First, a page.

EDITOR'S NOTE: As chair of WCCAN and a member of the AQAC I was pleased to see Mike Rogoway’s article about the GNA in Wednesday’s Oregonian/Argus.
After reading about the reports of cadmium and arsenic exposure in inner SE Portland I was not surprised to find after the USFS reported its findings it took DEQ 8 months to report these findings to the public.
RAD: This underscores why our GNA with Intel is critical. The public health is too important to leave to DEQ!
from Oregonian/Argus - Mike Rogoway, Feb. 1, 2016
Oregon regulators granted Intel an air quality permit for its Washington County manufacturing operations last week, a permit sidetracked in the fall of 2013 over revelations the chipmaker had been emitting fluoride for 25 years without disclosing it.
No evidence emerged that the fluoride emissions posed a health risk, but Intel's failure to disclose the fluoride emissions worried neighbors and outraged environmentalists. Intel apologized for the problem and spent months negotiating with regulators and neighbors to win a new permit.
The company ultimately paid a $143,000 fine and reached a settlement with environmental groups that had threatened to sue.
Though Intel's headquarters are in Santa Clara, California, the company's manufacturing group is based in Hillsboro and the company crafts each new generation of microprocessors at its Ronler Acres campus south of Hillsboro Stadium. The company is wrapping up construction on a pair of massive new research factories, collectively known as D1X.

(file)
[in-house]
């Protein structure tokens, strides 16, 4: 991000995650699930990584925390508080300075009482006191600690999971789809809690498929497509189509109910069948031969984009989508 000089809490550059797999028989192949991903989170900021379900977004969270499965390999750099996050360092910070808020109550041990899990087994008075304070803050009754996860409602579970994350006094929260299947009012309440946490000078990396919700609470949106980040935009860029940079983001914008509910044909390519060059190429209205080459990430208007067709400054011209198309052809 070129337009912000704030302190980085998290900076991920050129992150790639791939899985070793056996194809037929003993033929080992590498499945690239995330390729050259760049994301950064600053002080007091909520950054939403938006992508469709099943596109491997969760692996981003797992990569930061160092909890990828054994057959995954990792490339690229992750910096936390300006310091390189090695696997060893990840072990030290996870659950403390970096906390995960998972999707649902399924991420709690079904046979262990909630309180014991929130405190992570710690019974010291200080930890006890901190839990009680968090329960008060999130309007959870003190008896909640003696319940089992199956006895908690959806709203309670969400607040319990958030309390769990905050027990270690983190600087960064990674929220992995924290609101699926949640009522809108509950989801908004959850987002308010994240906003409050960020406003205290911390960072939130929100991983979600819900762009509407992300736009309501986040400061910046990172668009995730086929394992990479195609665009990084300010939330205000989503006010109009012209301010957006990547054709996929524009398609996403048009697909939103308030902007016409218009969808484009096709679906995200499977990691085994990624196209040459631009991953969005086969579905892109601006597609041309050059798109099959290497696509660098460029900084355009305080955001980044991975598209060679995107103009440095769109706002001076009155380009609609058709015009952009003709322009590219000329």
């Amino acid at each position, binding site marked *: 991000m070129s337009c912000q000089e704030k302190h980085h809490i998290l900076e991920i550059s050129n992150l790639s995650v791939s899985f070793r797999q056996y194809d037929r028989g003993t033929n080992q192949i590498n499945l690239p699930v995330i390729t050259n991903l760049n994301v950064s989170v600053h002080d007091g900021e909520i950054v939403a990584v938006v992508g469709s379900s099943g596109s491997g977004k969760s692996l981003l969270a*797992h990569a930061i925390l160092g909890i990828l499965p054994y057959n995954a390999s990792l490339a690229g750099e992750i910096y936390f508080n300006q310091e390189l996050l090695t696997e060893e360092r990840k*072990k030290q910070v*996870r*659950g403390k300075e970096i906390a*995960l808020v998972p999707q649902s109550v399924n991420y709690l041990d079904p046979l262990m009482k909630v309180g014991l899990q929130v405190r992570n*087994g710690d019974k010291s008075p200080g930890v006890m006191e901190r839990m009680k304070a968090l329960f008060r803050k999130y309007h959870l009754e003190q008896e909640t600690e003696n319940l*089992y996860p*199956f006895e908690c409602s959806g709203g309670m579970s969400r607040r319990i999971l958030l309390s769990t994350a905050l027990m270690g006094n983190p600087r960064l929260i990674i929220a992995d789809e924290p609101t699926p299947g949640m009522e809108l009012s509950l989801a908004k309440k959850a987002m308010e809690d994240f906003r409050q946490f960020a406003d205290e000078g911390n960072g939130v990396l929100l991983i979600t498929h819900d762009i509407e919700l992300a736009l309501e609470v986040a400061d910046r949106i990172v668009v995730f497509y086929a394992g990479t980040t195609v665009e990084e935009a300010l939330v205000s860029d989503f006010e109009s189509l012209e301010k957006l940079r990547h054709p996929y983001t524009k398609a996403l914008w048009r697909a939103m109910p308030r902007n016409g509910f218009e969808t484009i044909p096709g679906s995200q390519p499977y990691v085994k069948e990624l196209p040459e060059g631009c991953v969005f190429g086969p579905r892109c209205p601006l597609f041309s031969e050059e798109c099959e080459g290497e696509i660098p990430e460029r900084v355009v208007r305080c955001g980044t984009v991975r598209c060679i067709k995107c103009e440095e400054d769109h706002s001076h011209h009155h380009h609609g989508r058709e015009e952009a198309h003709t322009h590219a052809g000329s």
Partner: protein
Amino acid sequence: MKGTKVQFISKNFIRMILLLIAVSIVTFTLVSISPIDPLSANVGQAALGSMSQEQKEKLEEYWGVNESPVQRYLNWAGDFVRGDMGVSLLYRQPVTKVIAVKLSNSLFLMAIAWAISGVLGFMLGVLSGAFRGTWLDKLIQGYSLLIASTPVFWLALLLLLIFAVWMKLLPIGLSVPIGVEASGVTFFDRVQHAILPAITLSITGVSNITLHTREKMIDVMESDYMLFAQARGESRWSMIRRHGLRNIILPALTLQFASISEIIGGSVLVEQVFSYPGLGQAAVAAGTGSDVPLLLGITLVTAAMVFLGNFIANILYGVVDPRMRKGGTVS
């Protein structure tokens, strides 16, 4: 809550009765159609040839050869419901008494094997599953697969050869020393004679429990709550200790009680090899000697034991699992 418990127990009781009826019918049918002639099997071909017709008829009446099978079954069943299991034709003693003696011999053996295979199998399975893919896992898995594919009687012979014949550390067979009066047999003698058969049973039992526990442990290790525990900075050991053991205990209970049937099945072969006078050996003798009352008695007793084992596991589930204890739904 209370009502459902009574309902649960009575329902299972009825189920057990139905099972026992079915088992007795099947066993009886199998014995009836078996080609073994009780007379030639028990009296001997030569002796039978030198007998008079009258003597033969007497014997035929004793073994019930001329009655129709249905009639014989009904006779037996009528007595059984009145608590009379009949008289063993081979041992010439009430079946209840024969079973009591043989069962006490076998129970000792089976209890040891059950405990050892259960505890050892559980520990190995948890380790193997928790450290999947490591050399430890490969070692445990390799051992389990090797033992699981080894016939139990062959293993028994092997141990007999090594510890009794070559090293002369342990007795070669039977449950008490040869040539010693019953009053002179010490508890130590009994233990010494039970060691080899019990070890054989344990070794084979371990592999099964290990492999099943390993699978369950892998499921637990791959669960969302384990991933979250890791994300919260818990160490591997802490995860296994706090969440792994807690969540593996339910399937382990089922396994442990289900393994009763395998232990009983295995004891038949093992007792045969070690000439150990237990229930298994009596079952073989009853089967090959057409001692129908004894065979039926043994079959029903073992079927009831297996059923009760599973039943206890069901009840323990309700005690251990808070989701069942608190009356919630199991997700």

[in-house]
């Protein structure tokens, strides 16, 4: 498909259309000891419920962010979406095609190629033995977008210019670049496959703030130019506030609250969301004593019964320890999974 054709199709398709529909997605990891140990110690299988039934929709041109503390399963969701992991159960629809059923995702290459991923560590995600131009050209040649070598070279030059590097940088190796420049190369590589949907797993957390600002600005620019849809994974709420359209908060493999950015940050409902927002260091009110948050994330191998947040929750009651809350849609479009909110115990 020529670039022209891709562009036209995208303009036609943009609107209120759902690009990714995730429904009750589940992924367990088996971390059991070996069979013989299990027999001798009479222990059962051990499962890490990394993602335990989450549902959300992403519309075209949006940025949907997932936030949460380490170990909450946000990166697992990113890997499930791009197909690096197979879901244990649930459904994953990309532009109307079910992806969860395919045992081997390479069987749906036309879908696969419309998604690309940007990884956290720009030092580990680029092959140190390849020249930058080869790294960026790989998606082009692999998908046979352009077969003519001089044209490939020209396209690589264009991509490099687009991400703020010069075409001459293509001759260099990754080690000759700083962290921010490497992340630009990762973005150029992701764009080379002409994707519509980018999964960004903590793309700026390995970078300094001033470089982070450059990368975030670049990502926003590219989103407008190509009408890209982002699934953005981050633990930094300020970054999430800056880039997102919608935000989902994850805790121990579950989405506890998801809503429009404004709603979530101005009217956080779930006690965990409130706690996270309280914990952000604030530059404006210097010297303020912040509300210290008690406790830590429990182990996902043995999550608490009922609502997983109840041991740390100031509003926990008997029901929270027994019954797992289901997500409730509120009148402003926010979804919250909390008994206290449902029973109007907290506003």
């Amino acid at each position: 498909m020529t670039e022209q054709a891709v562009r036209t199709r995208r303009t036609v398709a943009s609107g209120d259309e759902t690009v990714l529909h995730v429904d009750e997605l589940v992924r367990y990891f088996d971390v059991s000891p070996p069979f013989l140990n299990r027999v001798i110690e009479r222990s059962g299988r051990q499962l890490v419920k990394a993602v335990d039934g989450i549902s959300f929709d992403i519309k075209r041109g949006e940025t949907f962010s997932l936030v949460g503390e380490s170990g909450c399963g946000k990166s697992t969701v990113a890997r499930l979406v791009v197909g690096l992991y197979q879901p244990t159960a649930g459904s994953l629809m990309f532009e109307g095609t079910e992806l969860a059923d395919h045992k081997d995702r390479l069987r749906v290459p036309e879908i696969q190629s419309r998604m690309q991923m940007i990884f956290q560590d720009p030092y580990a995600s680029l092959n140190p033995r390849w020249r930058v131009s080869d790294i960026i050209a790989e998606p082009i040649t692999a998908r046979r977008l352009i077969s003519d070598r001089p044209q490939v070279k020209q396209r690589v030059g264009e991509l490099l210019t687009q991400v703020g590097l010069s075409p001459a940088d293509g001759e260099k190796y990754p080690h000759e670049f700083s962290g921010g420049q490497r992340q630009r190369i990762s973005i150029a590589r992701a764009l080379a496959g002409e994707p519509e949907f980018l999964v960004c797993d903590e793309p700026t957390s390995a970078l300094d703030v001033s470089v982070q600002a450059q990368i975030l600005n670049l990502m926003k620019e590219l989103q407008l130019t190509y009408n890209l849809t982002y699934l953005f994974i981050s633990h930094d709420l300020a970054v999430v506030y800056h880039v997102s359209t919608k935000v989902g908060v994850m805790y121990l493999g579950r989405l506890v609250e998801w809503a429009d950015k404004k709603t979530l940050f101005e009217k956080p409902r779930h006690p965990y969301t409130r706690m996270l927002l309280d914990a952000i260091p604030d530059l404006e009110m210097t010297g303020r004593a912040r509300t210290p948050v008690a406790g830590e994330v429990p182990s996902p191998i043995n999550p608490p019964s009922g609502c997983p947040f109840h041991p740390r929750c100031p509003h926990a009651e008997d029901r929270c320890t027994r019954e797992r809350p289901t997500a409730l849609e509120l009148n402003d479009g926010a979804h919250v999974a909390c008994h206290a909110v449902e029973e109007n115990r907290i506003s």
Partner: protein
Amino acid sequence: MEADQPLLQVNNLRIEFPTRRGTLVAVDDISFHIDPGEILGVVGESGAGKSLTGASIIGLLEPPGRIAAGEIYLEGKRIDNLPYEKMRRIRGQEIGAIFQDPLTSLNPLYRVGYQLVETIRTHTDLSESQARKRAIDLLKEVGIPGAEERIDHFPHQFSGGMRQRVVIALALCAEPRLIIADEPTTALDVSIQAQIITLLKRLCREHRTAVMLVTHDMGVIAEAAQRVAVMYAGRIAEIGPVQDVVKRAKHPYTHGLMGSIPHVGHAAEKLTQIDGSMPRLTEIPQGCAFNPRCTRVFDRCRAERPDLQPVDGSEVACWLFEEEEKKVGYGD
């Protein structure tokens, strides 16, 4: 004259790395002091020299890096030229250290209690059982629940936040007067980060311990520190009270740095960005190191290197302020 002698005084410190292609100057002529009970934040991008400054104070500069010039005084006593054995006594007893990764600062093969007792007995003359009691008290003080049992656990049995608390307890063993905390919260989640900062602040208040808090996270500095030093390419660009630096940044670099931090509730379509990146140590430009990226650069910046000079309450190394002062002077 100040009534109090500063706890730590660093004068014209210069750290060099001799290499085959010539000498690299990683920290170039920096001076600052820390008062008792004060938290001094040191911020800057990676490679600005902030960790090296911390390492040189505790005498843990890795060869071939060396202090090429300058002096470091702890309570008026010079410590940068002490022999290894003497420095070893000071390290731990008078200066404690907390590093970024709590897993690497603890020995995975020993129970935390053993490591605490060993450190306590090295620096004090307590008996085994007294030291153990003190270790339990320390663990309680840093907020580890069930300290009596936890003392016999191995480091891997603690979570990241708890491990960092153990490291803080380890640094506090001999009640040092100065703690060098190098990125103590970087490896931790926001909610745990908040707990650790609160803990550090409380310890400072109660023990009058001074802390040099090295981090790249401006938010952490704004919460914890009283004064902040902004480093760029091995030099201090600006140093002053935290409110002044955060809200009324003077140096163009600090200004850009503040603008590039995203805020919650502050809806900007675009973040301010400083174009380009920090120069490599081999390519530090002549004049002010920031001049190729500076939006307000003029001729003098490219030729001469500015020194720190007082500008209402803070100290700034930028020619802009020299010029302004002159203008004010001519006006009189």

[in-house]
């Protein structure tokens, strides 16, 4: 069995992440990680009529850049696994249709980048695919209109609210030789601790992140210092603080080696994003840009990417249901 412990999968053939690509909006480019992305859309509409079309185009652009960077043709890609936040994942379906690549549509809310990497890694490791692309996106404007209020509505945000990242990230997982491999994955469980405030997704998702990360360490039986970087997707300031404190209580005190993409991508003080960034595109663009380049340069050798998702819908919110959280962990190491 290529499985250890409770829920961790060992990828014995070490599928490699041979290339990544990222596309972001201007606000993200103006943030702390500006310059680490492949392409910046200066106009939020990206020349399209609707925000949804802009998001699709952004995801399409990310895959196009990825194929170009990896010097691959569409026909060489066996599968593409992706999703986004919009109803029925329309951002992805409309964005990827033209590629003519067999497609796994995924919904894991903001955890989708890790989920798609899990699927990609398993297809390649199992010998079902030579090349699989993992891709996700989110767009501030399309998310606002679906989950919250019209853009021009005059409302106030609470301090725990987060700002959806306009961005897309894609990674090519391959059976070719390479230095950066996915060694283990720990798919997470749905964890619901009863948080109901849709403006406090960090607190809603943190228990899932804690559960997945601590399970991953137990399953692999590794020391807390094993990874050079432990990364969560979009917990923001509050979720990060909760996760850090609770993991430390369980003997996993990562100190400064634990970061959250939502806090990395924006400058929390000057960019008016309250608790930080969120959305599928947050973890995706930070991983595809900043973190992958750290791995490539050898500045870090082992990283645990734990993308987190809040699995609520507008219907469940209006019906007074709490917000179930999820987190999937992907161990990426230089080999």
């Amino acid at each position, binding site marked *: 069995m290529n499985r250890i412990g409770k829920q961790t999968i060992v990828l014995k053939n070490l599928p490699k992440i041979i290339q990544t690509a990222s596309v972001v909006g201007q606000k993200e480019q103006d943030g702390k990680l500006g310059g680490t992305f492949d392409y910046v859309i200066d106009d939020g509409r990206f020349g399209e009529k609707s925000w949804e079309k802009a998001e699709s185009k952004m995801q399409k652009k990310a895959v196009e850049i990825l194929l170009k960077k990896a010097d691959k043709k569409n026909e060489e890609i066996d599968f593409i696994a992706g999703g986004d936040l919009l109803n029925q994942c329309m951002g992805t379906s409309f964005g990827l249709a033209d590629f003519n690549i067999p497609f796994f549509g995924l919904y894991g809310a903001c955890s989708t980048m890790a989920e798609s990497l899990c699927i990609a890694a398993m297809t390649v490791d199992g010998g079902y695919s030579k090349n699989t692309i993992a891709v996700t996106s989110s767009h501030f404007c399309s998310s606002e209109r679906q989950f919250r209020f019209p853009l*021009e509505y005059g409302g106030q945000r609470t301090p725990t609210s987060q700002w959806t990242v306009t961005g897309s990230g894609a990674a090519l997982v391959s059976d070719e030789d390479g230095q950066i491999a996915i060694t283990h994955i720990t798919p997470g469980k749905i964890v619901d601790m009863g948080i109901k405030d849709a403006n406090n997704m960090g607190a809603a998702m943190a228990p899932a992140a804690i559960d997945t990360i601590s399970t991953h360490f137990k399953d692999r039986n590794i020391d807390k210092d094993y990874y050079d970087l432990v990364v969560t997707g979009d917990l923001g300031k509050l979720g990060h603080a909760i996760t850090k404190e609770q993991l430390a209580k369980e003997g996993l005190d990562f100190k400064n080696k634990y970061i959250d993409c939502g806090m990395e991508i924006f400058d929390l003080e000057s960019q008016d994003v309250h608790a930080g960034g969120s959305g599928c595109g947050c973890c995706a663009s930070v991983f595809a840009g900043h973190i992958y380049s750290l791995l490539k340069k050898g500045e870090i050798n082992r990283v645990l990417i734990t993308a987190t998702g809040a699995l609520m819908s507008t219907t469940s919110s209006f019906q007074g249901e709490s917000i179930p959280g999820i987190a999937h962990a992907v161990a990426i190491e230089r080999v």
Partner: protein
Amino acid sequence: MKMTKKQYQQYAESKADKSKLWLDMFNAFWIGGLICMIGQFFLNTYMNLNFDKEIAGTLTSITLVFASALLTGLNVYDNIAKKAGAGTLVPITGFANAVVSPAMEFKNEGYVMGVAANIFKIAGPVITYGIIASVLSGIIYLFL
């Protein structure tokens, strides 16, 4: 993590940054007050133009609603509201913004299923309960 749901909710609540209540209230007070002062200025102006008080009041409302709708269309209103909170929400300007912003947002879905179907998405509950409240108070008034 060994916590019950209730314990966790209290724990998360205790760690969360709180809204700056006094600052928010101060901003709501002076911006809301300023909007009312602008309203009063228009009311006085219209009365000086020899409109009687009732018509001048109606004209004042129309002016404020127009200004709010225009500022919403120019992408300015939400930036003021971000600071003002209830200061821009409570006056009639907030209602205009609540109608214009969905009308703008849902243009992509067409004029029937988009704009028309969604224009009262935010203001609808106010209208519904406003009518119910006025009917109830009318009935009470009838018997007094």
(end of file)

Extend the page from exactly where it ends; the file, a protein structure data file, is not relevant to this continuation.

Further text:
Under terms of the settlement, Intel conducted an "air quality risk assessment" that inventories all pollutants from its factories. That assessment, completed in November, is now available online.
Intel also agreed to third-party monitoring of air quality near its factories, last month, reached a "Good Neighbor Agreement" with nearby residents that outlines terms of future emissions monitoring, emissions levels and dispute resolution.
With those steps complete, the Oregon Department of Environmental Quality issued a permit to Intel on January 22. The company declined comment but Mary Peveto, founder of Neighbors for Clean Air, called the result a major win for neighbors.
Intel emissions may not be harmless, Peveto said, but they will be limited and cataloged so people know what they're breathing. "The risks that Intel poses will be below a threshold we all agreed to," she said, "which is much more stringent than our state or federal government requires."